Yet the clerk’s assessment was not entirely inaccurate. In addition to being a talented, determined, ambitious writer in an era when it was still unusual for a woman to have both a family and a profession, Jackson was a mother who tried to keep up the appearance of running a conventional American household (at least for the sake of the material it generated) while making space for her own creative life amid her bustling family. The tension between the two roles — both internal and external, based simultaneously in her expectations for herself and in the expectations of her husband, family, publishers, and readers — animates all her writing. A drawing she made during the early years of her career brings it into relief. A muscular woman, looking disgruntled, drags her husband off by his hair as another couple look on worriedly. “I understand she’s trying to have both a marriage and a career,” one says to the other.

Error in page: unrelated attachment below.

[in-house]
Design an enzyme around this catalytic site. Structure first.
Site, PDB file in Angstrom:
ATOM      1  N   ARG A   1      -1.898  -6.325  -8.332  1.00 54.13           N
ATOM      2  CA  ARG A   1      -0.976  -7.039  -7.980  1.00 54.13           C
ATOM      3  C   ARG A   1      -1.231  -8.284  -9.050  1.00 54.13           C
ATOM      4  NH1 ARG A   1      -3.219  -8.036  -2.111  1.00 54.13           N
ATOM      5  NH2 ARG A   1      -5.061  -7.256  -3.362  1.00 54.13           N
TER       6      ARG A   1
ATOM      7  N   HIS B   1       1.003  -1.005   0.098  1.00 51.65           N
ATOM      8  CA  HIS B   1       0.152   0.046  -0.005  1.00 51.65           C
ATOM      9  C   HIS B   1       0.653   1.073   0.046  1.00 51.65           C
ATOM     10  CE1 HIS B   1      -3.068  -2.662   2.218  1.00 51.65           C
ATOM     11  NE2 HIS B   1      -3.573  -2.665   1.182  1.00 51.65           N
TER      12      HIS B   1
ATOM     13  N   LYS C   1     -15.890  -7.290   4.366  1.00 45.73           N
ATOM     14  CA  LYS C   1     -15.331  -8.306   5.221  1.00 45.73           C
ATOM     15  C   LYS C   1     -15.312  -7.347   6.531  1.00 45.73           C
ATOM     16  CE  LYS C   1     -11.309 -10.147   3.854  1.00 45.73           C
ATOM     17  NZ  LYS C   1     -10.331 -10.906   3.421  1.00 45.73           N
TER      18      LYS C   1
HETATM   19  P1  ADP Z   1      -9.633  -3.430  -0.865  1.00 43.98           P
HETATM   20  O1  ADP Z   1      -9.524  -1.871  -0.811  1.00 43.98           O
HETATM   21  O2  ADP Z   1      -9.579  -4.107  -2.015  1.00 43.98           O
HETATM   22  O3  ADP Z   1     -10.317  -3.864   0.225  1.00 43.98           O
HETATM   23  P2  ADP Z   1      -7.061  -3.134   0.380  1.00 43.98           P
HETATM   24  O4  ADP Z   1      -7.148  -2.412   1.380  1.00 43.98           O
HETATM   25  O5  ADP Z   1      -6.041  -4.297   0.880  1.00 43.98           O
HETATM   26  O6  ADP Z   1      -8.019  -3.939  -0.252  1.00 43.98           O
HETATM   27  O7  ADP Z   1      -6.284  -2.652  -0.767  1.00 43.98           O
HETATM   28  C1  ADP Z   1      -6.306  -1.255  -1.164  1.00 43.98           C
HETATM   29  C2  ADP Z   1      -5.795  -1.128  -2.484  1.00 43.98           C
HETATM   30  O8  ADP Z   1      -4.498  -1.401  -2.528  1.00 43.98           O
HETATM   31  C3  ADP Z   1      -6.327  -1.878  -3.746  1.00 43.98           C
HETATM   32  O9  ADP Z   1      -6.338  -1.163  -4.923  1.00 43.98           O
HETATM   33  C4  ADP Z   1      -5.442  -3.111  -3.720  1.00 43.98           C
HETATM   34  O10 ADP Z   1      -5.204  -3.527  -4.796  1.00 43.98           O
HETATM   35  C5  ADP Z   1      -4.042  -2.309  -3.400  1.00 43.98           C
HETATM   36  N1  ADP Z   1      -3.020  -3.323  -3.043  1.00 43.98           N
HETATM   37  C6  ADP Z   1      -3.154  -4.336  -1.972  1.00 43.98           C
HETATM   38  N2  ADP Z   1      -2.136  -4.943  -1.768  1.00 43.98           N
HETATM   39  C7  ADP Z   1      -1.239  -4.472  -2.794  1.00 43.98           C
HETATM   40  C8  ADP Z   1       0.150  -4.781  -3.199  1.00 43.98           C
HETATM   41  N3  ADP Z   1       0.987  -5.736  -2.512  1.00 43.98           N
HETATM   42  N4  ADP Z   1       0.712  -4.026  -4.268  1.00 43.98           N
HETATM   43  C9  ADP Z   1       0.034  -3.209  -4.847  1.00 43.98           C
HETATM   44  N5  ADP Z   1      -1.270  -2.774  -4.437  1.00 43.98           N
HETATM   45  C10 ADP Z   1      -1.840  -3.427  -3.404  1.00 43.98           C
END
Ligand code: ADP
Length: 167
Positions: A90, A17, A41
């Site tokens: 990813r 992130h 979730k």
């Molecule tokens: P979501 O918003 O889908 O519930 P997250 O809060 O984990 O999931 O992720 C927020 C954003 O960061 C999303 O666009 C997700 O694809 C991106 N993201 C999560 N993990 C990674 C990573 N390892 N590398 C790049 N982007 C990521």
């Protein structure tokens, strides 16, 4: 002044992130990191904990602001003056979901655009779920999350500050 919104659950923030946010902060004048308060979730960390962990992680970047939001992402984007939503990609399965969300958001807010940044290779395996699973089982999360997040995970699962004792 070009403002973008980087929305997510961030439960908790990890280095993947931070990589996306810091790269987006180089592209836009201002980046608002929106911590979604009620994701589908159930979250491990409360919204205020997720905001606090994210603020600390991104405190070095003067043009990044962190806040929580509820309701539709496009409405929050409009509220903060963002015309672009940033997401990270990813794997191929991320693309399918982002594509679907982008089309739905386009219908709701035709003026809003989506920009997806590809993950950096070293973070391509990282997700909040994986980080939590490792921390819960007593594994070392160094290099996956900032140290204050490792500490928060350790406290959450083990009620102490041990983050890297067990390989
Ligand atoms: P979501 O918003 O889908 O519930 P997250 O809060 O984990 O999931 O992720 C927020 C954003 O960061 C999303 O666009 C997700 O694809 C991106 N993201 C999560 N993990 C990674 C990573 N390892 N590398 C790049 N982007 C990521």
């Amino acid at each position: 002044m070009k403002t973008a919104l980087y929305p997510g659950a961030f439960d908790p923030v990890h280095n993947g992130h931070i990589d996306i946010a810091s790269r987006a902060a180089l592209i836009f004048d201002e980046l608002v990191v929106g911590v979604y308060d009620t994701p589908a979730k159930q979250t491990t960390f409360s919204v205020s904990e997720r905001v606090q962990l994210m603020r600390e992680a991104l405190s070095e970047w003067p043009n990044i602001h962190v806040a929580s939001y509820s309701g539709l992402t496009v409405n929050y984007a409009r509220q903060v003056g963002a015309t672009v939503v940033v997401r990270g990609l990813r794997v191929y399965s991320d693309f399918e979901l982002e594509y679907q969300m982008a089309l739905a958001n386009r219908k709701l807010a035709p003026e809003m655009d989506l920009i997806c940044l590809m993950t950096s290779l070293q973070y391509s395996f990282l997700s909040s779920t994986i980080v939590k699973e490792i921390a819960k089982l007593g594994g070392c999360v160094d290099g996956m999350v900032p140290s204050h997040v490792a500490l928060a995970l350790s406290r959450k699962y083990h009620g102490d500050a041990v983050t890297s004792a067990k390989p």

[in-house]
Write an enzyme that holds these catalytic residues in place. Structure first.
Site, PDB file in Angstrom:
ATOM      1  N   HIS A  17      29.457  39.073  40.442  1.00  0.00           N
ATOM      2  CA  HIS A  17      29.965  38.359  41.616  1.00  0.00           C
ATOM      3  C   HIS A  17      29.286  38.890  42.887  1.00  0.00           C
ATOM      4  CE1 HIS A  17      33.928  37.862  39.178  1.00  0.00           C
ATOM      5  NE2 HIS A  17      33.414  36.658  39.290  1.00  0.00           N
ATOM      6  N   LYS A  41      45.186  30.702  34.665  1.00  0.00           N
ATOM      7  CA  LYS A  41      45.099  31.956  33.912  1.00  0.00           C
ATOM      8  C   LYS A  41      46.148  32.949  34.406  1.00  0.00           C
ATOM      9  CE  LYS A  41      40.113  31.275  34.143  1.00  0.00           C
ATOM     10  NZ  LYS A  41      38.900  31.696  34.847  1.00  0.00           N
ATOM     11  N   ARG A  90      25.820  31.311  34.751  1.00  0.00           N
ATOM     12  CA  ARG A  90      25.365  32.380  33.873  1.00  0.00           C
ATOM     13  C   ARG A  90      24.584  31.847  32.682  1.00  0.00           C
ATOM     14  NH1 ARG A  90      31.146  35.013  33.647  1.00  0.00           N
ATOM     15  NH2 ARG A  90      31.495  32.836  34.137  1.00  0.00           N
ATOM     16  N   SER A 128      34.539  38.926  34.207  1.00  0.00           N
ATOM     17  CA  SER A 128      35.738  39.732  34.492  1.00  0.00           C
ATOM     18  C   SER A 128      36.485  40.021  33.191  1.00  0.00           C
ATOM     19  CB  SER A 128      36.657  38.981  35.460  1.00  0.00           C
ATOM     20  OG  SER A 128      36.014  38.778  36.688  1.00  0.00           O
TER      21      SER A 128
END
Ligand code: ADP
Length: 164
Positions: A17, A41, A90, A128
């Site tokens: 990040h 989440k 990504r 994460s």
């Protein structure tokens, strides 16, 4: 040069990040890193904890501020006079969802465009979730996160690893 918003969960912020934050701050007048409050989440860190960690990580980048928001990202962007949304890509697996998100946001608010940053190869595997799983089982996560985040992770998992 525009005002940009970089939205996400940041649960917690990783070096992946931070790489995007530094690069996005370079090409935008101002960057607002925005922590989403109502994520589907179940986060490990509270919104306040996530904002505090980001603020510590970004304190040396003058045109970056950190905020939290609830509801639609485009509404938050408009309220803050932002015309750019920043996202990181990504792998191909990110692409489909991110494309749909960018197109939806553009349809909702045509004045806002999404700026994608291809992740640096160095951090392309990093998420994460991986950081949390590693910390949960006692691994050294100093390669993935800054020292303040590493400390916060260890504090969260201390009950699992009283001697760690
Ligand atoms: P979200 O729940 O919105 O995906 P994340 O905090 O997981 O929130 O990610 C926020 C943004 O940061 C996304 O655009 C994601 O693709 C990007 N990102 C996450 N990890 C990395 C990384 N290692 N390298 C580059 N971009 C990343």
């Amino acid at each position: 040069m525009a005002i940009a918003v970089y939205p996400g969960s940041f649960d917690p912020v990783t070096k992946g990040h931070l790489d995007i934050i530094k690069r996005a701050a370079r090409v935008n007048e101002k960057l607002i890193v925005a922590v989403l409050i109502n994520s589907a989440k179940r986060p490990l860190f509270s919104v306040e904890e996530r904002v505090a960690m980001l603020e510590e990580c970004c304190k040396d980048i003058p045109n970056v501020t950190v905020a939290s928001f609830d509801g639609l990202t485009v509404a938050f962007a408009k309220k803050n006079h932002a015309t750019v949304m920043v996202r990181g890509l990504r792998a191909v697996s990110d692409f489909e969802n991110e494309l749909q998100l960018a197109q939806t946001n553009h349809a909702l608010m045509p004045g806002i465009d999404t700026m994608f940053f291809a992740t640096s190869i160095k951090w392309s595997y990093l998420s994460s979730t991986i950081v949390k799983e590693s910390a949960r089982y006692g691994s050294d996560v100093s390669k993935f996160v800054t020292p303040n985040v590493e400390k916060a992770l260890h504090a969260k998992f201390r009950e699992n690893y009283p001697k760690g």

Marriage came in August 1940, shortly after Jackson and Hyman graduated from Syracuse University. Career progressed more slowly. Like so many would-be writers of their day, the couple set up house in Greenwich Village, but both initially stagnated in menial jobs. After an ill-fated return to Syracuse bookended by two abortive sojourns in a rustic cabin in rural New Hampshire, they came back to the city shortly before Laurence, their first child, was born in October 1942. Hyman had been offered a staff job at The New Yorker, but Jackson continued to suffer through what would prove to be one of the longest dry spells of her professional life. After publishing her first story in December 1941, a comic piece based on her experience selling books at Macy’s, she had not been able to write much else. While Hyman turned out book reviews and brief items for The New Yorker’s “Comment” page, she drew cartoons depicting scenes from her life and shopped around a few stories unsuccessfully.